The Benefits of Music on a Child’s Growth and Development
Under normal circumstances, children’s schedules are packed with sports, scouting, and other extra-curricular activities that require them to be outside or go somewhere. Since we’re in a pandemic now, with no clear end in sight, parents are left with bored children at home who keep complaining about not having enough to do.
One of the best ways to keep children occupied is getting them involved in music classes. Having them take up voice or guitar lessons isn’t just a way to get rid of their boredom. In fact, music is very beneficial to a child’s growth and development.
Why Kids Should Get into Music
- It helps in brain development.
According to several studies, developing an understanding and appreciation for musical language is beneficial to a child’s overall mental development. Getting involved with music physically develops the left side of a person’s brain, which is important in reasoning and processing language.
- It helps develop and fine-tune their motor skills.
Playing with musical instruments requires greater control over one’s fine motor skills as it typically involves body coordination. From plucking on guitar strings to playing the keys on a piano or working with hands and feet on a drum set, learning music helps develop and improve a child’s motor skills.
- It’s a great way to express oneself.
Self-expression is often brushed aside and regarded as being overrated. But the ability to express oneself helps lessen the risk of a person suffering from mental health issues. This lets children creatively voice their thoughts and emotions in a productive manner instead of keeping it bottled up inside.
- It helps with academics.
Music’s beats, rhythm, scales, and measures help condition a child’s brains for math as it teaches them to divide, recognize patterns, and create fractions.
- It improves social skills.
Whether it’s belonging to a music class with other students or joining a band, or simply hanging out with friends listening to the latest songs, music brings people together, even at a young age. With their exposure to music, especially in classes and school bands, kids learn how to interact with other people.
- It boosts one’s confidence.
Music lessons give children an avenue to receive feedback and critique and learn how to accept correction and constructive criticism. The ability to turn negative feedback into a positive output enhances confidence in oneself. It gives them a reality check that they are not perfect but that there’s room for improvement.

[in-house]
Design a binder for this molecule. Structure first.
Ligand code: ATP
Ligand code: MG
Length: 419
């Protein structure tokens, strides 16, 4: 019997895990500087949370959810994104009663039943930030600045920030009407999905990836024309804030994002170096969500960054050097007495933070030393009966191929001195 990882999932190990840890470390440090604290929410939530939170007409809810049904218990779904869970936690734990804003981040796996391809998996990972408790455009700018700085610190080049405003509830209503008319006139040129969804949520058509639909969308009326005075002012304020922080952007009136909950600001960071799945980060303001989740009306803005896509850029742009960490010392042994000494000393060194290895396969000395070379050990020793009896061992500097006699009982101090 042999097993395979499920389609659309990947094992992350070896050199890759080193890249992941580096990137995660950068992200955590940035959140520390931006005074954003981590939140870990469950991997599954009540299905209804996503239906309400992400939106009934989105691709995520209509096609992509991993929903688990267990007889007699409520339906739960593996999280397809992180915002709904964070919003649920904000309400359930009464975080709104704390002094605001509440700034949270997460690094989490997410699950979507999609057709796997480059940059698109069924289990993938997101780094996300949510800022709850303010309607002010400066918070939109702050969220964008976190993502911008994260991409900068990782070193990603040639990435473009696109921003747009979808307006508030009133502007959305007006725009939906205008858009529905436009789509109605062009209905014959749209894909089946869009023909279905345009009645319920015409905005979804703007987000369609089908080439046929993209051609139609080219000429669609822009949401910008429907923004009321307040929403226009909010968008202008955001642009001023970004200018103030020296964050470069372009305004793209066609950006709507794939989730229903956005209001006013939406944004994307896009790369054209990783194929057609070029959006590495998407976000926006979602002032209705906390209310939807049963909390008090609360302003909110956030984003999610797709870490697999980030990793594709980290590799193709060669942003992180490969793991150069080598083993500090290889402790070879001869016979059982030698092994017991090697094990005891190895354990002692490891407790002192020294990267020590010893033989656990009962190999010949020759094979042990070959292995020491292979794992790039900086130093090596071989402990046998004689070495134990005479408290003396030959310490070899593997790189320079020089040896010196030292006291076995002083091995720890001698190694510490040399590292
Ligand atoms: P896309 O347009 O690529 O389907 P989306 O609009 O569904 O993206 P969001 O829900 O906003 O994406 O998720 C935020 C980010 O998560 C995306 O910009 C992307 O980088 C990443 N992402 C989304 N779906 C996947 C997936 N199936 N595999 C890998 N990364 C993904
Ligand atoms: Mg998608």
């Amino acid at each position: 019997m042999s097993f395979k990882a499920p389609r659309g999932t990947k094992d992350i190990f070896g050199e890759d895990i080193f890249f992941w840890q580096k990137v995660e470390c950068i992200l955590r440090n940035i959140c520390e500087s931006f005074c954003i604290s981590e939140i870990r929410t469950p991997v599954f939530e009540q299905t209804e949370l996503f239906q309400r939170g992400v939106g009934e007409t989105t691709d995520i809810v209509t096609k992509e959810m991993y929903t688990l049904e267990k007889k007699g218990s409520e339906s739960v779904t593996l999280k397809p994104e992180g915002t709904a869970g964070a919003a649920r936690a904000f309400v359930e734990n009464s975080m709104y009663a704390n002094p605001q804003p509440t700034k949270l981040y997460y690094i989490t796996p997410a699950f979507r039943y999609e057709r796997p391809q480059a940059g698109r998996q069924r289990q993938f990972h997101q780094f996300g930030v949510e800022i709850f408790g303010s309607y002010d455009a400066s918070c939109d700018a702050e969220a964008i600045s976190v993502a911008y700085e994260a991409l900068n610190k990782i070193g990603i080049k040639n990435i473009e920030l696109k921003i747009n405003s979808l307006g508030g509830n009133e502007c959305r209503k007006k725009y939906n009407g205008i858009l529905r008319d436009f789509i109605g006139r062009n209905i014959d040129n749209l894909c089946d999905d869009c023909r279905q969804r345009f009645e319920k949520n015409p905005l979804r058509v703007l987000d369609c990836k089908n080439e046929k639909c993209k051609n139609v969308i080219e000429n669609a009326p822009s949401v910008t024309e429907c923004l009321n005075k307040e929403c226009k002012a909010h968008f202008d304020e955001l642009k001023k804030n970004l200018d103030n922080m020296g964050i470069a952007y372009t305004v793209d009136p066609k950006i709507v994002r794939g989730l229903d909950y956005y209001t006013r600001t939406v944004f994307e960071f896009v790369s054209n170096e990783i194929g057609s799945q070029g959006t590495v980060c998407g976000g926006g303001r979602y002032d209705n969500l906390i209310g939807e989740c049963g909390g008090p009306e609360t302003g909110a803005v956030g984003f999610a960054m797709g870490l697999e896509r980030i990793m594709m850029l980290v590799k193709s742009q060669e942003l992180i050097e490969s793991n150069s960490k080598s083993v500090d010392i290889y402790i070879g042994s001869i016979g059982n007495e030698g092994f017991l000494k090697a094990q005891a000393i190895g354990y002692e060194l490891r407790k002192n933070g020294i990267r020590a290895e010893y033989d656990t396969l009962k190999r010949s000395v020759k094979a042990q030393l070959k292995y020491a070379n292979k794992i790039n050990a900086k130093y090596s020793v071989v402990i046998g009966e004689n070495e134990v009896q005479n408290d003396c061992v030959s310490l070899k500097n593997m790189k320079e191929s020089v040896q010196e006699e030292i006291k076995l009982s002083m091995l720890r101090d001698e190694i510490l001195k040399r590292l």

- It builds and establishes discipline and patience.
Learning how to sing, play an instrument, or dance is not easy. It takes great discipline to learn the basics and make constant progress. Music helps build discipline and the right habits for kids that can also be applied to the different aspects of their lives.
How to Get a Child Interested in Music
- Encourage games and activities that allow them to use their listening skills
One of the best ways to get kids to learn and be interested in music is to get them interested in sound. Engage them in different activities that will let them use their listening skills and have them describe how certain sounds and songs make them feel.
- Spend playtime with songs playing in the background
A somewhat passive way of making music a part of a child’s life is to have some songs constantly playing in the background during their playtime. Singing along to whatever is playing also helps a lot.
- Identify which instruments are playing in a song
When you’re listening to a song, try to dissect it into the different musical instruments used. You can use this time to teach a kid the sounds that different instruments make. Once a child is familiar with some of the different sounds, have them identify the different instruments used on other tracks.
- Create different sounds with body parts
Instead of listening to songs and identifying the different musical instruments used, why don’t you take it a step further and make sounds and music with different body parts?
Stomp your feet or clap your hands rhythmically. Pat your thighs or make different sounds with your mouth. Doing this not only teaches them to be resourceful but creative as well.
- Move to the music
Take things even further and start moving to the music. Dance to the beat or even off-beat if you’d like to. This is a good way to teach kids about rhythm and cadence. In most cases, those who develop a love for dance also have a deep love for music.
Even if a child does not pursue a career in music, getting him or her involved at an early age can help prepare them for life by equipping them with certain skill sets and discipline that will help them see through.